The Core Value of Honor – Leading with the Father’s Heart, Part 3

Danny Silk

In the previous two blogs in this series, we explored two core values:

These core values are linked. Freedom makes love and connection possible, and, in fact, it’s through connection—with God, ourselves, and others—that our freedom to be who we were created to be comes alive, thrives, and finds fulfillment.

Of course, this flies in the face of the bias in our independent, commitment-phobic culture. Many people live in fear that deep connections will tie them down and limit their ability to pursue what they want in life. This fear blinds them to the truth that there are many things they can only be free to do in and through healthy relationships.

Think of professional athletes or performing artists. By submitting themselves to the limits of their discipline, Steph Curry drains three-pointers, Misty Copeland pirouettes, and Lang Lang plays Beethoven with a level of freedom that is awe-inspiring. Likewise, only by submitting ourselves to the limits of healthy relationships can we become:

  • Free to trust and be trusted
  • Free to be vulnerable and receive vulnerability
  • Free to know and be known
  • Free to love sacrificially and receive love in return
  • Free to belong and create a place for others to belong
  • Free to form families

And much more!

The Key Ingredient

But there’s a critical ingredient in healthy connections that allows this freedom to grow, which brings us to our third core value:

  • We are made for honor.

Here are a couple definitions and descriptions of honor I use:

Honor is all about seeing what’s valuable, wonderful, and miraculous in other people and appreciating, being in awe of, loving, acknowledging, and otherwise responding to them in the way they deserve. (The Business of Honor)

The principle of honor states that accurately acknowledging who people are will position us to give them what they deserve and to receive the gift of who they are in our lives. (Culture of Honor)

Human beings are all so different, and when we look at other people through a lens of fear, our differences appear as threats to freedom and connection. But when we see each other through the core value of honor, we get to appreciate the beauty, strength, and creativity in our differences—and celebrate them, make room for them, and leverage them in partnership.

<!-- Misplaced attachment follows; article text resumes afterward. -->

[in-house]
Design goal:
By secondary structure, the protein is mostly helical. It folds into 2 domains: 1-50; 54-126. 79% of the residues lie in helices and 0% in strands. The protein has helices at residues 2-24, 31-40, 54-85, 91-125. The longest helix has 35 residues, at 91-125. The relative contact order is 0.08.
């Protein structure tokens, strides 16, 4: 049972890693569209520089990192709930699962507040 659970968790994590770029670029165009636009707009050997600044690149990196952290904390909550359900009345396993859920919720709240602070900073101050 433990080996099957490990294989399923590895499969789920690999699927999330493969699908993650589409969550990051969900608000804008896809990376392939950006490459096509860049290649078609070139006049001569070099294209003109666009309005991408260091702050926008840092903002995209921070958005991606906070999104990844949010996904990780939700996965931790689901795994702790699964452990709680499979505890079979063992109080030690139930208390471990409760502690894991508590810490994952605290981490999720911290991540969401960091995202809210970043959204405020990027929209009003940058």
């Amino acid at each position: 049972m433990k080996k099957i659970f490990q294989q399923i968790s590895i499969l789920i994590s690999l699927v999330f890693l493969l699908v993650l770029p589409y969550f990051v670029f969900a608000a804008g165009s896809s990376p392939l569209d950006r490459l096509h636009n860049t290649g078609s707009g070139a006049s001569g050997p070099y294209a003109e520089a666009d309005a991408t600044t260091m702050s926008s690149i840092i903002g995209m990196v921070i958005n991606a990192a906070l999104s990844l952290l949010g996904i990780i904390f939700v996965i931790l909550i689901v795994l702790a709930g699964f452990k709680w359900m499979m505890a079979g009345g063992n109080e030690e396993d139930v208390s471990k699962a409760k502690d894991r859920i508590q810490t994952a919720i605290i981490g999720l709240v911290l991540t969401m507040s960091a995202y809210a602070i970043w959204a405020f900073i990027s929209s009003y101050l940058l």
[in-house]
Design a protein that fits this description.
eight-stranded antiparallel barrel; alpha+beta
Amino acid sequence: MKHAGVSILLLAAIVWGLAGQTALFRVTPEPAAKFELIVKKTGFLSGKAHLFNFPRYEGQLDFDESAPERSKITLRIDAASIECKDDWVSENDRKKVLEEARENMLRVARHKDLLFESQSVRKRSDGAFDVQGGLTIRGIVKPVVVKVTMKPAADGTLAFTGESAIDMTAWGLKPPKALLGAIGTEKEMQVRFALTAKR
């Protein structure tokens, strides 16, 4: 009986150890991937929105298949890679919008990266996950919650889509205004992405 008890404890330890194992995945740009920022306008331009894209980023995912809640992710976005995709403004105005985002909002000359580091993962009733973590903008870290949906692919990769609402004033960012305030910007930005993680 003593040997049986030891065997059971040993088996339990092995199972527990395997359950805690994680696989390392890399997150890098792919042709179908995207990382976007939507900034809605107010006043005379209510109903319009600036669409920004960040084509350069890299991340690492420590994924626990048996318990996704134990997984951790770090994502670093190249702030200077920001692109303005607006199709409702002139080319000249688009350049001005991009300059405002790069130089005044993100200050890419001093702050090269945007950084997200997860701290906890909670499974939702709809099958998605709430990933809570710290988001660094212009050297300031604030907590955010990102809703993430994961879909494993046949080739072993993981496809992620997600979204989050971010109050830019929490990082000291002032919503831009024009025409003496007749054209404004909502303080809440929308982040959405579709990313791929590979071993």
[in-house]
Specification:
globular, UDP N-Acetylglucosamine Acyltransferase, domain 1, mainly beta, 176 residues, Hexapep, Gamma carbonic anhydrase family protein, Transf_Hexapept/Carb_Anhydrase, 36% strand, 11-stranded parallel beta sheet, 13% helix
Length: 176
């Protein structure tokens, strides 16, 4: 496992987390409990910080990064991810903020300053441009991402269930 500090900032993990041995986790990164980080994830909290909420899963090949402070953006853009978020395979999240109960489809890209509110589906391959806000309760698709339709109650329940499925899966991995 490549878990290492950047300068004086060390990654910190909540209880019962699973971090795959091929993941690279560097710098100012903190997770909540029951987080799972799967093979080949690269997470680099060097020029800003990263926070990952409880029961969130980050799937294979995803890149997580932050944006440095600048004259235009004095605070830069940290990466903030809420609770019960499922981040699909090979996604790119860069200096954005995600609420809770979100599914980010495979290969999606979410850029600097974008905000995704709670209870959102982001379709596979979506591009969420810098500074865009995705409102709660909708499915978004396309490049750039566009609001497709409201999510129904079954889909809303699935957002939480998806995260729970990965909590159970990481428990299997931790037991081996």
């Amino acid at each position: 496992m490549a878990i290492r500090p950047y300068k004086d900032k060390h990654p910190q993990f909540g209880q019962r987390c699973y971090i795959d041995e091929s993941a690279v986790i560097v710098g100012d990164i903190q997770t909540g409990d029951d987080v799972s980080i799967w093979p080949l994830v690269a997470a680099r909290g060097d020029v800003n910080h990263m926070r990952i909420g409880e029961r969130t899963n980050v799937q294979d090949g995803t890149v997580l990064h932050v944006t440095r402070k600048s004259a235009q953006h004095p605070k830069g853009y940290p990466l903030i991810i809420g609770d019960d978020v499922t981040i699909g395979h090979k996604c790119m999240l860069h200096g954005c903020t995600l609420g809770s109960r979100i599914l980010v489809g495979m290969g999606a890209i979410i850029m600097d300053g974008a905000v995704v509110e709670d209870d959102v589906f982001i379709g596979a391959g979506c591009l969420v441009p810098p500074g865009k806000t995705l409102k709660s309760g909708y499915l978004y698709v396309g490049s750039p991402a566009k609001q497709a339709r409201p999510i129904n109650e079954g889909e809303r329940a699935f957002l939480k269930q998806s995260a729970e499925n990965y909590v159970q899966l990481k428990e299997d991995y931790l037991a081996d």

This is why honor enables people who are so completely different from one another to form connections that free them to be more themselves, rather than capping their self-expression and growth.

Fathering with Honor

The apostle Paul captures the heartbeat of honor in his letter to the Philippians:

Do nothing out of selfish ambition or vain conceit. Rather, in humility value others above yourselves, not looking to your own interests but each of you to the interests of the others. (Philippians 2:3-4 NIV)

The simplest way we demonstrate the Father’s heart of honor is by valuing others above ourselves and looking out for their interests, which involves three areas of focus—knowing them, serving them, and celebrating them.

Paying Attention

There are dads out there who know more about bass fishing than what their kids dream of being when they grow up. There are leaders who purposely know the bare minimum about the people in their organization so it makes it easier to move them like chess pawns or let them go. This is not the heart of honor.

One of the most important ways we demonstrate honor is by becoming students of people. Whether we’re parenting children or leading adults, we show the Father’s heart when we pay attention and take the time to discover who they are and what makes them tick—their goals, dreams, strengths, behavior styles, motivators, and needs.

This is the reason I love tools like the 5 Love Languages, Strengthsfinder, and the DISC assessment. When used correctly—to help people get to know, understand, and appreciate others— they facilitate honor.

Adding Strength

Getting to know people sets us up to serve them—to take the strength and resources of our lives and point them at others for their benefit. This is how we “look out for their interests.”

Serving isn’t always glamorous, but it is always greatness. As Jesus instructed and modeled, the greatest in the Father’s kingdom is the servant of all—why? Because the servant of all expresses the Father’s heart. Throughout the New Testament, God promises that He is always with us, supplying our needs, answering our requests, and equipping and training us to reach maturity. We don’t often acknowledge that this is the posture of a servant, but it is. He is a Father who serves us endlessly, and when we serve others, we put His heart on display.

Celebrating People

Jesus’ ministry began when His Father declared, “This is my Son whom I love, with him I am well pleased” (Matthew 3:17). This simple statement was loaded with so much significance. The Father was clarifying Jesus’ identity, vouching for His character, promising backing and support, and expressing delight. This expression of honor was not only for Jesus, but for those around Him—it invited them to see and receive Jesus as He truly was.

In a culture of honor, we put a priority on seeing and calling out the “gold” in people for the same reasons. This is one of the main purposes for the prophetic gifts—to build people up by letting them know how the Father sees them. When we do this, it not only encourages the person receiving the word—it helps us see who they are and honor them!

Today, I encourage you to lean into these three areas of honor. How can you pay better attention to the people around you, serve them, and call out the gold in them?


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